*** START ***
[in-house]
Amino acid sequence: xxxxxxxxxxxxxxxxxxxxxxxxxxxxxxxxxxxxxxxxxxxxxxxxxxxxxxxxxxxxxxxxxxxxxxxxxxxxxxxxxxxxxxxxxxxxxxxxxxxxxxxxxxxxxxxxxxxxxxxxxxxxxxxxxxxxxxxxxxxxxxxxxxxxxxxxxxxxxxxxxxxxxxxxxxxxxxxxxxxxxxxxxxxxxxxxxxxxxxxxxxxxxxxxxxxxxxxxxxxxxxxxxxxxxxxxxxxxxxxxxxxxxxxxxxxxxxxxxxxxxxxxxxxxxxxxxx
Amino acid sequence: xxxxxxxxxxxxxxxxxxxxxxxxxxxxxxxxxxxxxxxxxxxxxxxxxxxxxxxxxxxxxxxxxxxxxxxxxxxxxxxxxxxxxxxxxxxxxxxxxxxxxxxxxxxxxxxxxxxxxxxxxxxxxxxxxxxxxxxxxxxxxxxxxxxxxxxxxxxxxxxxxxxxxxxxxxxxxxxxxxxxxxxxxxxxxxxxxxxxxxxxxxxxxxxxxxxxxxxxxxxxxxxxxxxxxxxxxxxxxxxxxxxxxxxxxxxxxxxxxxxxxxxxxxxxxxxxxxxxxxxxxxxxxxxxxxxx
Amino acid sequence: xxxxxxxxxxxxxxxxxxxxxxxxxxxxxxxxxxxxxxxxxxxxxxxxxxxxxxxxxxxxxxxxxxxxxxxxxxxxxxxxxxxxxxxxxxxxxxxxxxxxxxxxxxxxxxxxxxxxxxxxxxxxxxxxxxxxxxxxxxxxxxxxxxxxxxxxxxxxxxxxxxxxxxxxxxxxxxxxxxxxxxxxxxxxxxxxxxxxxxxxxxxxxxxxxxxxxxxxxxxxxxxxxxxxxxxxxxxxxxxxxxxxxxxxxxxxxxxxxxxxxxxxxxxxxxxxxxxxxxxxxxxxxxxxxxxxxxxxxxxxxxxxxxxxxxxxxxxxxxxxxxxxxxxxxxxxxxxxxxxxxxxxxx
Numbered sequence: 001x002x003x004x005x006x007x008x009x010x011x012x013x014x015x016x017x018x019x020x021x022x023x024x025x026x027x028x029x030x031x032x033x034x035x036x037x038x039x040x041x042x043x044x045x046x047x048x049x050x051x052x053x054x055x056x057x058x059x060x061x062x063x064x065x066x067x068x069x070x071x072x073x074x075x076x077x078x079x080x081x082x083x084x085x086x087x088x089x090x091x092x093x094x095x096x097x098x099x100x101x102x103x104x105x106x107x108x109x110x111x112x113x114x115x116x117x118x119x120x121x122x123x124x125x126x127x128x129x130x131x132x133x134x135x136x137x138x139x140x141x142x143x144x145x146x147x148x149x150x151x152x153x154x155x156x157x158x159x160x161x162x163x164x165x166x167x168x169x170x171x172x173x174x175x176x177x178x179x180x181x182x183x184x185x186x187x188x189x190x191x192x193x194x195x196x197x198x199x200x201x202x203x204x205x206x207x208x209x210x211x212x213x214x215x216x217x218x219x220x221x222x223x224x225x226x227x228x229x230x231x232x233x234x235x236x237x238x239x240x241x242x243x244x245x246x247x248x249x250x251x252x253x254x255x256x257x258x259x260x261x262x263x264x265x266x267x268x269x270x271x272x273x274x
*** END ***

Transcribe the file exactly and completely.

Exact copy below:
[in-house]
Amino acid sequence: xxxxxxxxxxxxxxxxxxxxxxxxxxxxxxxxxxxxxxxxxxxxxxxxxxxxxxxxxxxxxxxxxxxxxxxxxxxxxxxxxxxxxxxxxxxxxxxxxxxxxxxxxxxxxxxxxxxxxxxxxxxxxxxxxxxxxxxxxxxxxxxxxxxxxxxxxxxxxxxxxxxxxxxxxxxxxxxxxxxxxxxxxxxxxxxxxxxxxxxxxxxxxxxxxxxxxxxxxxxxxxxxxxxxxxxxxxxxxxxxxxxxxxxxxxxxxxxxxxxxxxxxxxxxxxxxxx
Amino acid sequence: xxxxxxxxxxxxxxxxxxxxxxxxxxxxxxxxxxxxxxxxxxxxxxxxxxxxxxxxxxxxxxxxxxxxxxxxxxxxxxxxxxxxxxxxxxxxxxxxxxxxxxxxxxxxxxxxxxxxxxxxxxxxxxxxxxxxxxxxxxxxxxxxxxxxxxxxxxxxxxxxxxxxxxxxxxxxxxxxxxxxxxxxxxxxxxxxxxxxxxxxxxxxxxxxxxxxxxxxxxxxxxxxxxxxxxxxxxxxxxxxxxxxxxxxxxxxxxxxxxxxxxxxxxxxxxxxxxxxxxxxxxxxxxxxxxxx
Amino acid sequence: xxxxxxxxxxxxxxxxxxxxxxxxxxxxxxxxxxxxxxxxxxxxxxxxxxxxxxxxxxxxxxxxxxxxxxxxxxxxxxxxxxxxxxxxxxxxxxxxxxxxxxxxxxxxxxxxxxxxxxxxxxxxxxxxxxxxxxxxxxxxxxxxxxxxxxxxxxxxxxxxxxxxxxxxxxxxxxxxxxxxxxxxxxxxxxxxxxxxxxxxxxxxxxxxxxxxxxxxxxxxxxxxxxxxxxxxxxxxxxxxxxxxxxxxxxxxxxxxxxxxxxxxxxxxxxxxxxxxxxxxxxxxxxxxxxxxxxxxxxxxxxxxxxxxxxxxxxxxxxxxxxxxxxxxxxxxxxxxxxxxxxxxxx
Numbered sequence: 001x002x003x004x005x006x007x008x009x010x011x012x013x014x015x016x017x018x019x020x021x022x023x024x025x026x027x028x029x030x031x032x033x034x035x036x037x038x039x040x041x042x043x044x045x046x047x048x049x050x051x052x053x054x055x056x057x058x059x060x061x062x063x064x065x066x067x068x069x070x071x072x073x074x075x076x077x078x079x080x081x082x083x084x085x086x087x088x089x090x091x092x093x094x095x096x097x098x099x100x101x102x103x104x105x106x107x108x109x110x111x112x113x114x115x116x117x118x119x120x121x122x123x124x125x126x127x128x129x130x131x132x133x134x135x136x137x138x139x140x141x142x143x144x145x146x147x148x149x150x151x152x153x154x155x156x157x158x159x160x161x162x163x164x165x166x167x168x169x170x171x172x173x174x175x176x177x178x179x180x181x182x183x184x185x186x187x188x189x190x191x192x193x194x195x196x197x198x199x200x201x202x203x204x205x206x207x208x209x210x211x212x213x214x215x216x217x218x219x220x221x222x223x224x225x226x227x228x229x230x231x232x233x234x235x236x237x238x239x240x241x242x243x244x245x246x247x248x249x250x251x252x253x254x255x256x257x258x259x260x261x262x263x264x265x266x267x268x269x270x271x272x273x274x